Colcat says...

harry2 wrote:
Not a bad idea they all should be, if they do nothing wrong they have nothing to worry about also might work as a deterant to some,
If they do nothing wrong they have nothing to worry about!?! I tell you what, why don't the government put video cameras in every house in the land to monitor for terrorists? After all, if you do nothing wrong you have nothing to worry about! It's misplaced "logic" like this that allows the state (and private companies) to erode our civil liberties in small steps with the consent of people who justify it in this way, then we suddenly realise that we can't take a car journey without our movements being registered and number plates stored each time we drive passed one of those green or blue cameras you see on bridges over dual carriageways, and that you can't walk in any town without being filmed by the powers that be, justifying it by saying if you do nothing wrong you've got nothing to worry about.
[quote][p][bold]harry2[/bold] wrote: Not a bad idea they all should be, if they do nothing wrong they have nothing to worry about also might work as a deterant to some,[/p][/quote]If they do nothing wrong they have nothing to worry about!?! I tell you what, why don't the government put video cameras in every house in the land to monitor for terrorists? After all, if you do nothing wrong you have nothing to worry about! It's misplaced "logic" like this that allows the state (and private companies) to erode our civil liberties in small steps with the consent of people who justify it in this way, then we suddenly realise that we can't take a car journey without our movements being registered and number plates stored each time we drive passed one of those green or blue cameras you see on bridges over dual carriageways, and that you can't walk in any town without being filmed by the powers that be, justifying it by saying if you do nothing wrong you've got nothing to worry about. Colcat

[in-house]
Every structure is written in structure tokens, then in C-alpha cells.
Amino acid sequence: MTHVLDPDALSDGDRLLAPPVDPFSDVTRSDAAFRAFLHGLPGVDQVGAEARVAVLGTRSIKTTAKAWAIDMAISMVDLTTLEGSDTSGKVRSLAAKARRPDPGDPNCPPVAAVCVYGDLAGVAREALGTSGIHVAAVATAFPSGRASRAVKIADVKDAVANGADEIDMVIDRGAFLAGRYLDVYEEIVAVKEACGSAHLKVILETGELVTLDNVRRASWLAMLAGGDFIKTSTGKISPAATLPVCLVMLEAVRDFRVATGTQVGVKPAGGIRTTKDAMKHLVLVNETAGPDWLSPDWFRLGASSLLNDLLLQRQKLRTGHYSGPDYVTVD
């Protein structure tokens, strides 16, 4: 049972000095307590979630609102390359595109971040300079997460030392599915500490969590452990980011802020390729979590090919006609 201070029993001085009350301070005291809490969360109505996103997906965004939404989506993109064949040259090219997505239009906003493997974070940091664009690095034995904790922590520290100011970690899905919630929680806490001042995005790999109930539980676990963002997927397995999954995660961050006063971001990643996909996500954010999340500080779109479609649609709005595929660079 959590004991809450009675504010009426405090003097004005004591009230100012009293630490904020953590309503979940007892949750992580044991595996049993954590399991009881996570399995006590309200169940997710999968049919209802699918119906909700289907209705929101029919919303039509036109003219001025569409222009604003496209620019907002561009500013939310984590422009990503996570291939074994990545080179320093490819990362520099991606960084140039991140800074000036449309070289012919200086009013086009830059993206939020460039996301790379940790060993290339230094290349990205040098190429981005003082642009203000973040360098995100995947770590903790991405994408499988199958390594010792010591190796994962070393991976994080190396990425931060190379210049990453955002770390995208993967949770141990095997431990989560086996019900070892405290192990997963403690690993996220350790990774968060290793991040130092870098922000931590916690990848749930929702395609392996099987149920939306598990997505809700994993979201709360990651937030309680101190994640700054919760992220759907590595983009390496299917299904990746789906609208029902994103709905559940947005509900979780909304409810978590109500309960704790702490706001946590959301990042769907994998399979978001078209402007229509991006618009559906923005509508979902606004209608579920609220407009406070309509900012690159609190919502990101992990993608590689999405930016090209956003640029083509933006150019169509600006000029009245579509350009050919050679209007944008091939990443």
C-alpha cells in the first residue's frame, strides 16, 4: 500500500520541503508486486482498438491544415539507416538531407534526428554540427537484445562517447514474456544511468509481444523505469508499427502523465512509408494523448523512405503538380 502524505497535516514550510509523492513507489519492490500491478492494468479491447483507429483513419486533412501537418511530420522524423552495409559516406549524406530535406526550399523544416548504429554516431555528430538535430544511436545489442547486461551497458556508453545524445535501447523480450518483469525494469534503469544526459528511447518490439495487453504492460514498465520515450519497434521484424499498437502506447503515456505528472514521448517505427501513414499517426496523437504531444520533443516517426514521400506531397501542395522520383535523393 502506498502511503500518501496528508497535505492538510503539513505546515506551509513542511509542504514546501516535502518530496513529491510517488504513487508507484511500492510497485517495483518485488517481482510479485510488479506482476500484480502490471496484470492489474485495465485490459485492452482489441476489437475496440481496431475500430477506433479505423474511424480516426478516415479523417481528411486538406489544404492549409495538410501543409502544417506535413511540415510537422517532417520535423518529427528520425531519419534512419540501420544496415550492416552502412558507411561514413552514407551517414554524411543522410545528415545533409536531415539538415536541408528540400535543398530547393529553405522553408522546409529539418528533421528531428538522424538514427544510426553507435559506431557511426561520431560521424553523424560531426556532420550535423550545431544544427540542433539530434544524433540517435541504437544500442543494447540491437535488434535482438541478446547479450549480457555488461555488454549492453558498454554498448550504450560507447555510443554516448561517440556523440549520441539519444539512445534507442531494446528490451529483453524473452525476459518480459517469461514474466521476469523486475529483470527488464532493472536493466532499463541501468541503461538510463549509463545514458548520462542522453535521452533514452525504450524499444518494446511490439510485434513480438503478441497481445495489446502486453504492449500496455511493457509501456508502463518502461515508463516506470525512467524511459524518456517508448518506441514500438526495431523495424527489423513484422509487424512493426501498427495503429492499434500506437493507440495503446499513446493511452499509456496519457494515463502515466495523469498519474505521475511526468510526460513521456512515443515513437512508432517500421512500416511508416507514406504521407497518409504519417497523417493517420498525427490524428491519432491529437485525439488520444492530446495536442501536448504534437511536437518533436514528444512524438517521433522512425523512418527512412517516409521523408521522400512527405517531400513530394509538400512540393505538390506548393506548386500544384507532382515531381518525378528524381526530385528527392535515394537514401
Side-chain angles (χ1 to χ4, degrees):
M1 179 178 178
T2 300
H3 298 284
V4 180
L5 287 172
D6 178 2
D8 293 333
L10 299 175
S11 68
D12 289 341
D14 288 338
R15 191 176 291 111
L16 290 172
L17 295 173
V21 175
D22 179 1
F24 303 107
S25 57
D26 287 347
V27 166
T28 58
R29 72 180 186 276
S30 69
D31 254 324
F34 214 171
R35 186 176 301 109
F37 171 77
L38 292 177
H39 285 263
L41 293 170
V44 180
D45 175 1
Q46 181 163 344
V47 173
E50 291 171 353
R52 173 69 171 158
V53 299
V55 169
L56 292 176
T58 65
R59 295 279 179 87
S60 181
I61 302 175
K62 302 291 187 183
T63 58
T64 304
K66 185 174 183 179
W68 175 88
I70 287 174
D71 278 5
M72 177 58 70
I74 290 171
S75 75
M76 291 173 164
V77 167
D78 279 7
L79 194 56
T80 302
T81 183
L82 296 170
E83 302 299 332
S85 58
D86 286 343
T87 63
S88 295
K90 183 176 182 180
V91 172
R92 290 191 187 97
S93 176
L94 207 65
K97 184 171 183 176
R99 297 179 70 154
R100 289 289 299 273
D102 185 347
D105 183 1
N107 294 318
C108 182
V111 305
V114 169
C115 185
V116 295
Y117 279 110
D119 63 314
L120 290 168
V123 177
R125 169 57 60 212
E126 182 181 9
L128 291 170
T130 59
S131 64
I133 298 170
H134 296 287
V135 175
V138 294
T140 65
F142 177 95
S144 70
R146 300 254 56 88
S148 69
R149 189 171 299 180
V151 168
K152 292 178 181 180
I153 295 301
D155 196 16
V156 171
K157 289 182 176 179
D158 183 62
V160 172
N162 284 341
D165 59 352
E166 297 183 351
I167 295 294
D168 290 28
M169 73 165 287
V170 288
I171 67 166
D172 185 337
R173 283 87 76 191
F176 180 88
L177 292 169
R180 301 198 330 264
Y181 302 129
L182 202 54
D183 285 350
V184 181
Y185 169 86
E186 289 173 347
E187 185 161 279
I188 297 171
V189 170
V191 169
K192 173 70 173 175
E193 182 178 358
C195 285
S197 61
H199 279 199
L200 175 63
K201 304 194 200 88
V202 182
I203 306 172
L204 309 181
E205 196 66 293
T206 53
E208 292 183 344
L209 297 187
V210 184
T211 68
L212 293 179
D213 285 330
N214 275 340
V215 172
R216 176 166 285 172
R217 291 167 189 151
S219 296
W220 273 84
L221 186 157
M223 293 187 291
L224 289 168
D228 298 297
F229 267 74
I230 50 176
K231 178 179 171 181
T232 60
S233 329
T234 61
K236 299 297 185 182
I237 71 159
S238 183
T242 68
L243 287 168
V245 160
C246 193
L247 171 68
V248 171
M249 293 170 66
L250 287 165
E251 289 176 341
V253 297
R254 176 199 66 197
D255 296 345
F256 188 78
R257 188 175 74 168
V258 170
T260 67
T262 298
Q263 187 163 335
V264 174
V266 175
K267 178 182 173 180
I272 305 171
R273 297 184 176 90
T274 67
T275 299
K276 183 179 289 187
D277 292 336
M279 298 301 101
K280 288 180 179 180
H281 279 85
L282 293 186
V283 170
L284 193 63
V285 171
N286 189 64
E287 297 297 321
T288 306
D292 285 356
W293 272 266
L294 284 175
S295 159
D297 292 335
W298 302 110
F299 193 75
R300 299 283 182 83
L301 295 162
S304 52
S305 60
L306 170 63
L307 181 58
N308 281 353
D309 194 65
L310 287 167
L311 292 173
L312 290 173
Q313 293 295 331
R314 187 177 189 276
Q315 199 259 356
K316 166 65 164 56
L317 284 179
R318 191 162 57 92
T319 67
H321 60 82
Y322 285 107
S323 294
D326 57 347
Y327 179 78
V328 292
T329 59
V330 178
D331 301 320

11:22am Fri 3 Jan 14

pandorica says...

I think some of this story is fabricated to say the least. As a parent of a child who has had this done, official documentation and a consent form were sent out well in advance. These had to be signed for before the children had their fingerprints taken. In essence its a great idea. You are able to pay for school meals, trips, books etc online, the balance is added to your childs account, all of which you can monitor. The children then are safe in the knowledge they are not going to lose their dinner money, and the parents are happy to know it will not be spent on rubbish, and that we can check to see what they have eaten. At the beginning of every academic year, the forms are sent back out for consent. So I am a little baffled that parents are unaware. My guess is the parents have not read or signed the forms. This latest form I have just signed clearly stipulated if consent was not given, fingerprint would not be done, or those who previously had theirs done would have it removed.
I think some of this story is fabricated to say the least. As a parent of a child who has had this done, official documentation and a consent form were sent out well in advance. These had to be signed for before the children had their fingerprints taken. In essence its a great idea. You are able to pay for school meals, trips, books etc online, the balance is added to your childs account, all of which you can monitor. The children then are safe in the knowledge they are not going to lose their dinner money, and the parents are happy to know it will not be spent on rubbish, and that we can check to see what they have eaten. At the beginning of every academic year, the forms are sent back out for consent. So I am a little baffled that parents are unaware. My guess is the parents have not read or signed the forms. This latest form I have just signed clearly stipulated if consent was not given, fingerprint would not be done, or those who previously had theirs done would have it removed. pandorica

11:23am Fri 3 Jan 14

thetruththewholetruthandnothingbutthetruth says...

We simply cannot trust others with our private/personal information, as has been proved time and time again.
We simply cannot trust others with our private/personal information, as has been proved time and time again. thetruththewholetruthandnothingbutthetruth

12:12pm Fri 3 Jan 14

Colcat says...

@pandorica - an honest question here for you: how many other schools do you have direct experience of with regard to this fingerprint taking scheme? Avoid anecdotes (my friend said her brother's child's school does X, Y and Z) and just explain your direct experience with other schools, please.
@pandorica - an honest question here for you: how many other schools do you have direct experience of with regard to this fingerprint taking scheme? Avoid anecdotes (my friend said her brother's child's school does X, Y and Z) and just explain your direct experience with other schools, please. Colcat

1:51pm Fri 3 Jan 14

Durhamite1979 says...